2012 Public Health Innovator Award

Anita Patil Deshmukh, MPH '05

After a long and distinguished career as a faculty pediatrician/neonatologist in Chicago, and her time at HSPH, Dr. Anita Patil Deshmukh returned to her native India with a vision. The government of the state of Maharashtra had supported her education and, along with HPSH, given her the tools to become who she is today – medical doctor, advocate for populations without a voice, passionate believer in human dignity and the right to health – and Anita knew she wanted to give back to her country and community, and give others the opportunity to flourish.

In 2009, she joined Partners for Urban Knowledge, Action and Research (PUKAR), an independent research collective started by Professor Arjun Appadurai that conducts multi-sectoral, cross disciplinary research on issues related to Urban poor. PUKAR has focused on Kaula Bandar, a slum community of more than 10,000 people who, despite being located in India’s financial epicenter, have health outcomes as poor as those in the country’s rural and tribal districts. In collaboration with HSPH and New York University, Dr. Patil Deshmukh and the PUKAR team have developed a unique and highly innovative community-based participatory research (CBPR) model, in which youth from slum communities, called “barefoot researchers,” serve critical roles in informing study design, and even doing data collection. She accompanies the barefoot researchers as a mentor and as a student, teaching and modeling research methods while gaining insights that help inform a relevant and meaningful research agenda. This and other PUKAR projects have democratized the research process, one of the core objectives of the collective, and she and the PUKAR team have used the data collected to bring direct health interventions to Kaula Bandar. Their advocacy has resulted in the establishment of regular government health camps there, and the placement of a new municipal water supply to the community, the first time the slum will have legal water access in its 50 years of existence.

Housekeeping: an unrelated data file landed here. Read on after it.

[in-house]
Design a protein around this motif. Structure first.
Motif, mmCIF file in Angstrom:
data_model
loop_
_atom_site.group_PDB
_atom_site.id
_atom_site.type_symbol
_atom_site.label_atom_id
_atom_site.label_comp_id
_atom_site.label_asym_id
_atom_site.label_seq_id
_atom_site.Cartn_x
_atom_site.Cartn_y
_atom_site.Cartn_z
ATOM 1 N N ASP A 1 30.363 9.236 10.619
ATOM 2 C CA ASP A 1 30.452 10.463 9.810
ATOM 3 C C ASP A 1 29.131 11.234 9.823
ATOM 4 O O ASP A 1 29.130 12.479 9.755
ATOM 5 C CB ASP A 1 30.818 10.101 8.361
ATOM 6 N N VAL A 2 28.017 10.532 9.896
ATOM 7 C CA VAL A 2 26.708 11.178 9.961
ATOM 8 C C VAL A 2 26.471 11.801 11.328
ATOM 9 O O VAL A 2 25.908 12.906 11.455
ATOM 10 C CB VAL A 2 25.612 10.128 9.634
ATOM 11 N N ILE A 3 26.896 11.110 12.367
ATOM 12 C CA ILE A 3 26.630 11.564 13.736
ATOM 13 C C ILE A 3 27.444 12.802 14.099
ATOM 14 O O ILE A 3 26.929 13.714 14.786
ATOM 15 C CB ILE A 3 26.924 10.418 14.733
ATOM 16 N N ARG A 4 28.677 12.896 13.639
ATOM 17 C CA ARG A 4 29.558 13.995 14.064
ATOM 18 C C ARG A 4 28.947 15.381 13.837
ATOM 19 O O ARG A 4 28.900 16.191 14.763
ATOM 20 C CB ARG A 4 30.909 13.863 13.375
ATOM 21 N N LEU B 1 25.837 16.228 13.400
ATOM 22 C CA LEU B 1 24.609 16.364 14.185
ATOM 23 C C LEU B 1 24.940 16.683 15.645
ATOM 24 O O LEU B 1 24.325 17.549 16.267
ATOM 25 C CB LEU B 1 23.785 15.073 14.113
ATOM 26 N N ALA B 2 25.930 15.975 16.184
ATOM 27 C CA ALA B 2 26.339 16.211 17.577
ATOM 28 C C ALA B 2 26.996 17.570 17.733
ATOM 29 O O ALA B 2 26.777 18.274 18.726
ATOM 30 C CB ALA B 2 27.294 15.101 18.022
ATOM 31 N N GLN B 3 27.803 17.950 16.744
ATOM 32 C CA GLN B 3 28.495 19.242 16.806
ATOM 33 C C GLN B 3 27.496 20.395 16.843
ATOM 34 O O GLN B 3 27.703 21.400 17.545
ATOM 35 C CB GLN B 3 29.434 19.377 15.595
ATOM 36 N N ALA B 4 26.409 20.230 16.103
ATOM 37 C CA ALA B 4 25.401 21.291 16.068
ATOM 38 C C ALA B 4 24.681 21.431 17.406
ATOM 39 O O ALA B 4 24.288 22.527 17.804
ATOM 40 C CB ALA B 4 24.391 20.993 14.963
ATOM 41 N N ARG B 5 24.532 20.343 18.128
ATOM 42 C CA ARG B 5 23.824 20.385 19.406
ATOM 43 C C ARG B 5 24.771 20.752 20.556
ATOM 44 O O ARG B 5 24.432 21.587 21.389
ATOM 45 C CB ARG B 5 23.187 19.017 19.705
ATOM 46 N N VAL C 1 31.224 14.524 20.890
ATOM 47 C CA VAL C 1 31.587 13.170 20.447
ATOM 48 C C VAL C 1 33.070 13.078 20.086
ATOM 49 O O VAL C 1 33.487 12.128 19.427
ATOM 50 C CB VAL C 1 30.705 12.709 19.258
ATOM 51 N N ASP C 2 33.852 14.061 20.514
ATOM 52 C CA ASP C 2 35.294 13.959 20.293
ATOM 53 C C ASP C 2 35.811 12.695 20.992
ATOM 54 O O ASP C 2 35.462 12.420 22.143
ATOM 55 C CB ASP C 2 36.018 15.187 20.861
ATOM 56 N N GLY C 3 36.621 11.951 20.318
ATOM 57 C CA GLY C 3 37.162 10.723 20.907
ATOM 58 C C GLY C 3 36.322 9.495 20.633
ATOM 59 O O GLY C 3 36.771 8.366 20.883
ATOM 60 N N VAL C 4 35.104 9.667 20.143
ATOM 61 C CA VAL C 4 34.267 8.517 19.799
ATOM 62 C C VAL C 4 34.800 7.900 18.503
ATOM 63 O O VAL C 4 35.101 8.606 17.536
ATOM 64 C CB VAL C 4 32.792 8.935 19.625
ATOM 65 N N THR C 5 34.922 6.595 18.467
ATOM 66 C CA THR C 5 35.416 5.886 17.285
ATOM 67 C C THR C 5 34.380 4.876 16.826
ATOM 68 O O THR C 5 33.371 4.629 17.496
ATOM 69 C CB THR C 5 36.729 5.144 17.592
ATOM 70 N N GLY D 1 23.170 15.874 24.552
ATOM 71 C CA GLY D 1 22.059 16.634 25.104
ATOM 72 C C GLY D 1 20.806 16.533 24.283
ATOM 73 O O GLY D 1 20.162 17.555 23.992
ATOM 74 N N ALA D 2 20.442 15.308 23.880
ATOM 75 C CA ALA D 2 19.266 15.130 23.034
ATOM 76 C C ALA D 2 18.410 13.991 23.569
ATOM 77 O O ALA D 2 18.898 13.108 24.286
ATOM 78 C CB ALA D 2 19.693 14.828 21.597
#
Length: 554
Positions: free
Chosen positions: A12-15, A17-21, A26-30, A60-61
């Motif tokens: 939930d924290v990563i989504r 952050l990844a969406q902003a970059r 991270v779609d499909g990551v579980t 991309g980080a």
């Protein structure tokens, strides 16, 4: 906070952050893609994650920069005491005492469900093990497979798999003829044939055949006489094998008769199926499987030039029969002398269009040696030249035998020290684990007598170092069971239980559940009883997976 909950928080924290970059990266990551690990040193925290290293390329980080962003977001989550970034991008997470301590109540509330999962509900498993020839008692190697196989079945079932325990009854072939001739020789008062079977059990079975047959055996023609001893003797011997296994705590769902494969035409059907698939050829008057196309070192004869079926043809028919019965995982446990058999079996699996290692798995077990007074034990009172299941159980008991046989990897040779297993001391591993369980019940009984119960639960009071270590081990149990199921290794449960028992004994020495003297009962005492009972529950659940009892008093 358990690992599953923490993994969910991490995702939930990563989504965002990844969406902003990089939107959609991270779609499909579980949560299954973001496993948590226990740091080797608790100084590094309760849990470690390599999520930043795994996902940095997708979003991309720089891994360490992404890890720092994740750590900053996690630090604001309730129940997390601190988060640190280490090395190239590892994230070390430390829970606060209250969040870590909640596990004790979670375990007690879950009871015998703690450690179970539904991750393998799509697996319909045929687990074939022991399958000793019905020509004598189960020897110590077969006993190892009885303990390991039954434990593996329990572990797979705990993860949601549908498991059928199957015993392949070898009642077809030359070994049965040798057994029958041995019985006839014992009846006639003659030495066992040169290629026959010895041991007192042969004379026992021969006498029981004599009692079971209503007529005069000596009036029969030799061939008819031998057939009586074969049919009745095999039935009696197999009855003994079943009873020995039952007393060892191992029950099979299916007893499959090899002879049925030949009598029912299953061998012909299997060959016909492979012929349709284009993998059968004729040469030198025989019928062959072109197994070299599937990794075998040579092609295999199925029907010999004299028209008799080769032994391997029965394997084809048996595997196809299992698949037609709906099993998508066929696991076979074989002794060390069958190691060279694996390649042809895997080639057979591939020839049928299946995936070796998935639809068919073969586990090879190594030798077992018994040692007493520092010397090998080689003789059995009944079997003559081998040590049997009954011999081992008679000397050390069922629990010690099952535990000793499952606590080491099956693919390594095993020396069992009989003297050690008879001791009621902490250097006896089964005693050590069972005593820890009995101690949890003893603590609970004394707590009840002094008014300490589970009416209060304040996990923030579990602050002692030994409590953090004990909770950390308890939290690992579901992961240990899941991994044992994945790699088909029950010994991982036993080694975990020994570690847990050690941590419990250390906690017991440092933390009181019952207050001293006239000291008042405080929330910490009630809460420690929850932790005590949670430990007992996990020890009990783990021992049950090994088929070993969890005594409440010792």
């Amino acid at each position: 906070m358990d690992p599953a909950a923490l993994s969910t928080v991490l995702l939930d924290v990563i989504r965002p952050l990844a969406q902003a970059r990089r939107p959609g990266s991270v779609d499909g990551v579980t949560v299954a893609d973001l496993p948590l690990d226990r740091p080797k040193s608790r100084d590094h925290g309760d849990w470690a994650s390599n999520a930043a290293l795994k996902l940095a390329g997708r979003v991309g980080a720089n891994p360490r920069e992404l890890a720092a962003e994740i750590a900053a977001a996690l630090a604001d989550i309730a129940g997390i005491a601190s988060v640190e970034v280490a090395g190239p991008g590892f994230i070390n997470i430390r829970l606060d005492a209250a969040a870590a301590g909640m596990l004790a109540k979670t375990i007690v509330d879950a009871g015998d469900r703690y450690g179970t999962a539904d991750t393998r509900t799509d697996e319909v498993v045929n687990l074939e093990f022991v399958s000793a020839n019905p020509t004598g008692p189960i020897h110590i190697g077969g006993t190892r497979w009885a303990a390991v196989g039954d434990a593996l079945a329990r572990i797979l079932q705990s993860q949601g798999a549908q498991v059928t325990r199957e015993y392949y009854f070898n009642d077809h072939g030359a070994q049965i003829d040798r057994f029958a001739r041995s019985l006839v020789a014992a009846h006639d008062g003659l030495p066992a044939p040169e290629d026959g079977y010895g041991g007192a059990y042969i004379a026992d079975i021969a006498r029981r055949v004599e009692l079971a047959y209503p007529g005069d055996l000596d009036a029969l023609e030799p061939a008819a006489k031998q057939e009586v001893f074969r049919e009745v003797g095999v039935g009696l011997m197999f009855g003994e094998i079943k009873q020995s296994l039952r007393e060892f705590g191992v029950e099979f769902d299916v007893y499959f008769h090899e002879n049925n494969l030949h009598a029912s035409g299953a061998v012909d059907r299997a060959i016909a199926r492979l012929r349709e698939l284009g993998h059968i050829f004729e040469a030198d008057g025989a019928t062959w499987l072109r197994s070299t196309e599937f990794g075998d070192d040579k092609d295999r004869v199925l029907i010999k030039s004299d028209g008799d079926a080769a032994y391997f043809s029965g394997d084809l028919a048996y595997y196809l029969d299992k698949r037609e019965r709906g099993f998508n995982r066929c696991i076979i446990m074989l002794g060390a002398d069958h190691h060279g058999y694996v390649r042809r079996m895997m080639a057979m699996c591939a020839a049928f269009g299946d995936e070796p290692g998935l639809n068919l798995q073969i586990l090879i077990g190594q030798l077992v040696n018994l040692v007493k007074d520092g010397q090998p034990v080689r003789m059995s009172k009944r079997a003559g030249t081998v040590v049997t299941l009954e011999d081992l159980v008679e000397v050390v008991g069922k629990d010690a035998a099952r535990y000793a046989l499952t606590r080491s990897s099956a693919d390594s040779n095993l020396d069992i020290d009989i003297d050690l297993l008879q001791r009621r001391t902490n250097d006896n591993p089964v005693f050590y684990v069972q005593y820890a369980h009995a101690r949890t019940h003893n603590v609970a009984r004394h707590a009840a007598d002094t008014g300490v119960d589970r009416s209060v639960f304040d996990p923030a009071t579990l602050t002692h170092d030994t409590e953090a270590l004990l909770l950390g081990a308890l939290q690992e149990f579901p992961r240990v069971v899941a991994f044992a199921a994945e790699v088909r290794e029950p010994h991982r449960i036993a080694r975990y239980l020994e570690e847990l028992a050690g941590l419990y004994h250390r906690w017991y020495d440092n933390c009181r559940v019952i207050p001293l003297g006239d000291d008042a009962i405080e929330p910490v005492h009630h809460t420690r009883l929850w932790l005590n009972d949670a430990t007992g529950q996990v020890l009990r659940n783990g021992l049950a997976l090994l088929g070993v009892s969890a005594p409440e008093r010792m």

Dr. Patil Deshmukh’s deep and abiding care and respect for those who have not yet been afforded the opportunity to achieve their dreams, whether it be clean water for their children to drink, a better understanding of their community and the world around them or a chance to work for an organization that respects and even integrates their unique experiences and vision in its mission.

Throughout her twenty years of work with marginalized families on the south side of Chicago as a neonatologist, and as director of PUKAR in Mumbai, Dr. Patil Deshmukh connects with patients and community members with humility and respect while simultaneously recognizing broad patterns in the creation and persistence of poverty, and her emotional, financial and intellectual investment into PUKAR staff and researchers as well as the Mumbai community in which they work is truly inspiring.